UTS Science Faculty Wins Lord Mayor's Architecture Prize

I was delighted to once again present the Lord Mayor's Prize at the Australian Institute of Architects' annual NSW Architecture Awards at Sydney Town Hall on Friday night.The Lord Mayor's Prize was introduced in 2013 to celebrate design excellence in our city.Our vision is a city with beautifully designed, sustainable buildings and public spaces to encourage innovation, inspiration and pride. In the past decade, we approved development worth $24 billion and we've been internationally recognised and awarded for our focus on design excellence and sustainability - working with private developers and on our own projects.This year the prize went to UTS Science Faculty, Building 7, by Durbach Block Jaggers Architects & BVN Architecture.The building weaves together the built form needed by students and teachers with the open space of the Alumni Green and the surrounding streetscape.The building contains a range of specialist research facilities, clinical teaching spaces and Australia's largest undergraduate science teaching space, a two-hundred seat Super Lab. These purposeful spaces are well connected above and below ground to student commons and meeting spaces. Strategic skylights, reflected light and colour charge these spaces.The building has a 5 Star Green rating and includes innovative air-conditioning, a green roof providing insulation, and a high amount of recycled materials.As this building and those surrounding it evolve and grow, there will be continued opportunities to improve the public domain and create a noteworthy urban public open space for students, visitors and Sydneysiders alike.The City of Sydney's Director of Planning, Graham Jahn AM, prepares the shortlist of entries that helping to create the kind of city we all want to live in, to work in and to visit.This year, the shortlist included: The Irving Street Brewery by Tzannes Associates East Village by Nicholas Turner St Barnabas Church by Francis-Jones Morehen Thorp and Llankelly Place Lights by McGregor Westlake Architecture in Association with Conybeare Morrison The most encouraging sign of the health of architecture in Sydney is that there is an increasing number of projects vying for a place on the shortlist. All these projects have contributed to Sydney's growing international reputation as a city of design excellence.

NAIDOC in the City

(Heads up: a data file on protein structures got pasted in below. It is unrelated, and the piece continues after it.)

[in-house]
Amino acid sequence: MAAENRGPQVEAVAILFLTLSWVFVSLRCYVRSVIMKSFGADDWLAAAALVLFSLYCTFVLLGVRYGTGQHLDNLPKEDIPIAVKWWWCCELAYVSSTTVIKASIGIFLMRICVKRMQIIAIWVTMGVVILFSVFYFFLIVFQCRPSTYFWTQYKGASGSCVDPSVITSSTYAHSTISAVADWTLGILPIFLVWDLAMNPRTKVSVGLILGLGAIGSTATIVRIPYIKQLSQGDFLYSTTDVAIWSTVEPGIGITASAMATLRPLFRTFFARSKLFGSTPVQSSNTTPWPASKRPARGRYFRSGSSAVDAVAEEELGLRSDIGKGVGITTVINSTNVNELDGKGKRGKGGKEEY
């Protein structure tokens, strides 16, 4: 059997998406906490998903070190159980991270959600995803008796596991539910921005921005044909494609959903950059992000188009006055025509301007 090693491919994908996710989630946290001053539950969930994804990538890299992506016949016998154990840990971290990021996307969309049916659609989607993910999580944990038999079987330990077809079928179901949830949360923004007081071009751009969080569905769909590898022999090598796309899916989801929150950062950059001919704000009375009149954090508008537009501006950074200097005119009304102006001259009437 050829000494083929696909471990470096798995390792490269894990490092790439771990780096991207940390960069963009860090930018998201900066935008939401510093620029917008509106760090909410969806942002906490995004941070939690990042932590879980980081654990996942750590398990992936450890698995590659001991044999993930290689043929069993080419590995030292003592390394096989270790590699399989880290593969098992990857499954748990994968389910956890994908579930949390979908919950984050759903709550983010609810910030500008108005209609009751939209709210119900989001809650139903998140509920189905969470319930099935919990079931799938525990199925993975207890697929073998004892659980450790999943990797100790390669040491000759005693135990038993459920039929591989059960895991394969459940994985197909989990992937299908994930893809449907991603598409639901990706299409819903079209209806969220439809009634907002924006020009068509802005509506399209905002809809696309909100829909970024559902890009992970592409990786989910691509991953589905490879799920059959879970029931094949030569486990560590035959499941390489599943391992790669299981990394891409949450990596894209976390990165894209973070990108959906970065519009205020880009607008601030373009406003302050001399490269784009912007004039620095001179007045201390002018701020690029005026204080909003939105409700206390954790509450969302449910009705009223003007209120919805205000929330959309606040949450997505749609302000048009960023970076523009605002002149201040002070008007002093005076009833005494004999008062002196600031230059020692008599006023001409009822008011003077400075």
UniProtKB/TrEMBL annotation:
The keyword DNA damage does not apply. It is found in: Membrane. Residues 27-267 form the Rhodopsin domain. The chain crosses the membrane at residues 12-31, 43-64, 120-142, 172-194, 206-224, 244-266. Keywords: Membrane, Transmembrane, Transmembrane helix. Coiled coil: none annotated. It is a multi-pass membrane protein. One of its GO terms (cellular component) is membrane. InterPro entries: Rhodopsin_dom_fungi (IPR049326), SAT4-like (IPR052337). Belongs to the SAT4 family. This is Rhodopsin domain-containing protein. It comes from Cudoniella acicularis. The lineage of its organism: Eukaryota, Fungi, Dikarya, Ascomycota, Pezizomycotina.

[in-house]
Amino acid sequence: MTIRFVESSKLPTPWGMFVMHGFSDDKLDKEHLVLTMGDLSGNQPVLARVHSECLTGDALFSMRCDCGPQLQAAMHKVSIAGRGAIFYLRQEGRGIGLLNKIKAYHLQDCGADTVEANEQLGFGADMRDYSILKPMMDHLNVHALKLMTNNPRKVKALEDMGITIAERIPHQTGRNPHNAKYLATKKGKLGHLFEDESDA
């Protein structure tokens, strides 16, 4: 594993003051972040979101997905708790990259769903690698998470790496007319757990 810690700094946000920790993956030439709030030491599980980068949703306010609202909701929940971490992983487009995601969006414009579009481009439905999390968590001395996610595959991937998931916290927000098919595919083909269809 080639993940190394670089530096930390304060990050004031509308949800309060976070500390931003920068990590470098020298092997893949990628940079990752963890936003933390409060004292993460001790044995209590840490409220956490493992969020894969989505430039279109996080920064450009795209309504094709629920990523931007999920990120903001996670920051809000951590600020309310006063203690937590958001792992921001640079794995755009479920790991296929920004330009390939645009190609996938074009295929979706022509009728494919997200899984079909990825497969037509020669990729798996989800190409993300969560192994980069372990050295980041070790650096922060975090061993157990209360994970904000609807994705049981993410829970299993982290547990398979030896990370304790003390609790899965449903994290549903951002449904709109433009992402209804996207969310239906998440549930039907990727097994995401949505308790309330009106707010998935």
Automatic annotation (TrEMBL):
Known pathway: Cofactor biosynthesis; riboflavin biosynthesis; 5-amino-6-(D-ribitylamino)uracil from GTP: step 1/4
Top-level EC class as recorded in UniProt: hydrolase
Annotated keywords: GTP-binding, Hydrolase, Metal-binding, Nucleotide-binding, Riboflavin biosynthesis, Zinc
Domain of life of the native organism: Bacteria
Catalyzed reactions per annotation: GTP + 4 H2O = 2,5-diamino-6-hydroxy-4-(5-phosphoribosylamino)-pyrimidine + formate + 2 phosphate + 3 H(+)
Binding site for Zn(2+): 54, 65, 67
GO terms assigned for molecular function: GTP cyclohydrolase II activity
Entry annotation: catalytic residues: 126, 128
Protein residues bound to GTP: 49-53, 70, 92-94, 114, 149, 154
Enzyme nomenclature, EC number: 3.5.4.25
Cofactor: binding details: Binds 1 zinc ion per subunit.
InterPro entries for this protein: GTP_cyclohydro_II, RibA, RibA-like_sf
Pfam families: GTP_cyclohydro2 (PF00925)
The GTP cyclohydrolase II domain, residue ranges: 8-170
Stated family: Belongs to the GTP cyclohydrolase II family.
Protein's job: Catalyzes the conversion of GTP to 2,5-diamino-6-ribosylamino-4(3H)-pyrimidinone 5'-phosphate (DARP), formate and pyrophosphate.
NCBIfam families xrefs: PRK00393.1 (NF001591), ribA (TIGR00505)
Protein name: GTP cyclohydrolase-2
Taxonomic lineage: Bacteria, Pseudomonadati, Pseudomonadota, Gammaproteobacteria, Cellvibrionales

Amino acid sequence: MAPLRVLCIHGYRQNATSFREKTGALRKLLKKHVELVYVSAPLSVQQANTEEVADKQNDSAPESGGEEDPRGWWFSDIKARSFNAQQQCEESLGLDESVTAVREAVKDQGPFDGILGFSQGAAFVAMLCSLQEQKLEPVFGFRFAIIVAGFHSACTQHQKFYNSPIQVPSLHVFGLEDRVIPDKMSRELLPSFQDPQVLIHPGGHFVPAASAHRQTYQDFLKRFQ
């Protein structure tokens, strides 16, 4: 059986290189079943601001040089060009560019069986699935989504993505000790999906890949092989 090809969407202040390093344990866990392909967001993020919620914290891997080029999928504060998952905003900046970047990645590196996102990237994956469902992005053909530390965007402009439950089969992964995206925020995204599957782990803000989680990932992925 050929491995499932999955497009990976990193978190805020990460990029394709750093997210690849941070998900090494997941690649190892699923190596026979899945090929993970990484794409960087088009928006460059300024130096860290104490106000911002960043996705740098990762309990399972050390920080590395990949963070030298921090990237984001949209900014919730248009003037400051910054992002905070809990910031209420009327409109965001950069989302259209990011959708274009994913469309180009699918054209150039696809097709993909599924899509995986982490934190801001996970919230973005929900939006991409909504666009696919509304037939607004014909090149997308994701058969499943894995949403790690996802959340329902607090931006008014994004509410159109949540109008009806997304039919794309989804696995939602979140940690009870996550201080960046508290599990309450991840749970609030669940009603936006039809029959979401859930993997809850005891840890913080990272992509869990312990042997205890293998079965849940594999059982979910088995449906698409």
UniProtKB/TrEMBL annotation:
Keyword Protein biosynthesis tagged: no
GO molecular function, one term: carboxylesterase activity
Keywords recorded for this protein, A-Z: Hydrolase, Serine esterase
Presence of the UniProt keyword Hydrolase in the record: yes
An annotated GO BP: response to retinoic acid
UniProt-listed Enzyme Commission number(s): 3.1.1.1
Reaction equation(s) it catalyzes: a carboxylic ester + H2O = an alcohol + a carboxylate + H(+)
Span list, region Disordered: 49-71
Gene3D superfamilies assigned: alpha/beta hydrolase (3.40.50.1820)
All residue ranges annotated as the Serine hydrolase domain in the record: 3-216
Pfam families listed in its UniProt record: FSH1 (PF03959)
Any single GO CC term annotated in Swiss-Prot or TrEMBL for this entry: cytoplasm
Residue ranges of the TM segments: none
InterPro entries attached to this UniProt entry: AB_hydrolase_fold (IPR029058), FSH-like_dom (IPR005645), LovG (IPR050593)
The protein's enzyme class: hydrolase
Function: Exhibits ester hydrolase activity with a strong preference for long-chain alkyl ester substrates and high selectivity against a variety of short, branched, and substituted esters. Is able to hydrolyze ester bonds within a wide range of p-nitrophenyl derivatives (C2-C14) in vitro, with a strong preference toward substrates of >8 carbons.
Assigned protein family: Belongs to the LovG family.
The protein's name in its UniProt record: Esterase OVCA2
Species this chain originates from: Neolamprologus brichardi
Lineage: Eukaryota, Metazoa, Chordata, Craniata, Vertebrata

NAIDOC Week is an important annual event in Sydney. Aboriginal and Torres Strait Islander people are intrinsic to our shared story of Sydney, their culture and history permeate our modern city and give it a depth and resonance beyond the everyday.NAIDOC Week, which runs until 12 July, celebrates the National Aborigines and Islanders Day Observance Committee, which grew from the first political groups seeking rights for Aboriginal and Torres Strait Island Australians in the 1920s.Those connections continue in the 21st century, and are recognised by the City of Sydney in our Eora Journey project. Sustainable Sydney 2030 - which evolved out of extensive consultations right across the Sydney community - explicitly calls for greater recognition of the special place of Aboriginal and Torres Strait Islander people.Our Eora Journey will tell these stories in a captivating and meaningful way, creating a series of new permanent artworks that celebrate the world's oldest living culture and its significance to Sydney.The Eora Journey, which translates as "the people's journey", includes public art, support for major events, an economic development plan and a knowledge and cultural centre. The City's Barani website also continues to promote the Aboriginal and Torres Strait Islander history and culture of Sydney.This year's theme for NAIDOC Week, "We all Stand on Sacred Ground: Learn, Respect and Celebrate", focuses on the strong spiritual and cultural connections Aboriginal and Torres Strait Islander people have to the land and sea.We began celebrations on Monday with a range of family-friendly activities and performances in Hyde Park, including live music, dance, food, art and Australian animals.One of the highlights was the earth oven cooking demonstrations by one of Australia's most acclaimed Aboriginal chefs, Clayton Donovan. I think it's fantastic that Clayton was able to share his bush tucker secrets and create a genuine traditional feast right in the middle of this 21st century global city.There are events today and throughout the weekend. I hope you can take part and learn more about our significant Indigenous culture and heritage.Click here to see the diverse program for NAIDOC Week and take the chance to celebrate the history, culture and achievements of Aboriginal and Torres Strait Islander people across the country.